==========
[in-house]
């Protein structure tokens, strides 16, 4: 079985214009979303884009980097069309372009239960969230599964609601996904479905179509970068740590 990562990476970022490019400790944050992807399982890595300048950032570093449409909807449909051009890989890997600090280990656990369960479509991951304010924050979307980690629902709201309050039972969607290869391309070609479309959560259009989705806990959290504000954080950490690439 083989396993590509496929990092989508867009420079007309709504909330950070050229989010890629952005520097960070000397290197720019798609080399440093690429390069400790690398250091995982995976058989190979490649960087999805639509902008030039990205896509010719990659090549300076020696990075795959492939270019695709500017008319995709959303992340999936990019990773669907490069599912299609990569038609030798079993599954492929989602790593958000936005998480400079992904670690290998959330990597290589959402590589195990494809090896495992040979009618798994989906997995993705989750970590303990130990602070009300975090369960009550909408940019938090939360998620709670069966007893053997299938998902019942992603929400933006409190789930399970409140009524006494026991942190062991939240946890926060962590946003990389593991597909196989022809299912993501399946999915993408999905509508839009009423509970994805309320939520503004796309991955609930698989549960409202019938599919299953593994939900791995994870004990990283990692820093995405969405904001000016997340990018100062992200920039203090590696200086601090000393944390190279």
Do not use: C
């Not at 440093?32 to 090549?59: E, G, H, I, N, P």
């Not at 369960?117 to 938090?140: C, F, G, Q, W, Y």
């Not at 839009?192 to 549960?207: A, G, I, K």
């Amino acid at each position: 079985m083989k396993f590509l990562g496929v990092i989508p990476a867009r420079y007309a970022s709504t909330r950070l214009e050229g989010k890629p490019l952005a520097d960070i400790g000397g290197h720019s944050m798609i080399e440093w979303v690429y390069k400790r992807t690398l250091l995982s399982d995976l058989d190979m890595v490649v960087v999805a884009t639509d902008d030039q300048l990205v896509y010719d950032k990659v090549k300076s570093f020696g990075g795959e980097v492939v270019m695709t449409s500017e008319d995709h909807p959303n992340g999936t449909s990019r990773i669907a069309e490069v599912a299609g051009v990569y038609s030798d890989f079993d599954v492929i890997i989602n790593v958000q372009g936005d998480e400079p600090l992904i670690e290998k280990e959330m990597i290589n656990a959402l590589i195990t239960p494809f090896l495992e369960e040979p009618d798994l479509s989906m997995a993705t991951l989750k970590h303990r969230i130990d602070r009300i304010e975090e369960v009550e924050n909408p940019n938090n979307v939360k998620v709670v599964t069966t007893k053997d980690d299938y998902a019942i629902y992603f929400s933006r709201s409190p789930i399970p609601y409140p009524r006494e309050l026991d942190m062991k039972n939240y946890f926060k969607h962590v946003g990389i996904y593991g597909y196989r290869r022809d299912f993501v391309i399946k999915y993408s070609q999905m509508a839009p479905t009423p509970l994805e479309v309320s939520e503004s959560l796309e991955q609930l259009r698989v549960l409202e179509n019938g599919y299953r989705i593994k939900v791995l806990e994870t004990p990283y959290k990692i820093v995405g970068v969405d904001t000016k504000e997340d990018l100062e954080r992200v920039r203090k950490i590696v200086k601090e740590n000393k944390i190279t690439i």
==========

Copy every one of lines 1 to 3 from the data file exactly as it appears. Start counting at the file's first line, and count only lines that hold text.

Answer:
[in-house]
């Protein structure tokens, strides 16, 4: 079985214009979303884009980097069309372009239960969230599964609601996904479905179509970068740590 990562990476970022490019400790944050992807399982890595300048950032570093449409909807449909051009890989890997600090280990656990369960479509991951304010924050979307980690629902709201309050039972969607290869391309070609479309959560259009989705806990959290504000954080950490690439 083989396993590509496929990092989508867009420079007309709504909330950070050229989010890629952005520097960070000397290197720019798609080399440093690429390069400790690398250091995982995976058989190979490649960087999805639509902008030039990205896509010719990659090549300076020696990075795959492939270019695709500017008319995709959303992340999936990019990773669907490069599912299609990569038609030798079993599954492929989602790593958000936005998480400079992904670690290998959330990597290589959402590589195990494809090896495992040979009618798994989906997995993705989750970590303990130990602070009300975090369960009550909408940019938090939360998620709670069966007893053997299938998902019942992603929400933006409190789930399970409140009524006494026991942190062991939240946890926060962590946003990389593991597909196989022809299912993501399946999915993408999905509508839009009423509970994805309320939520503004796309991955609930698989549960409202019938599919299953593994939900791995994870004990990283990692820093995405969405904001000016997340990018100062992200920039203090590696200086601090000393944390190279």
Do not use: C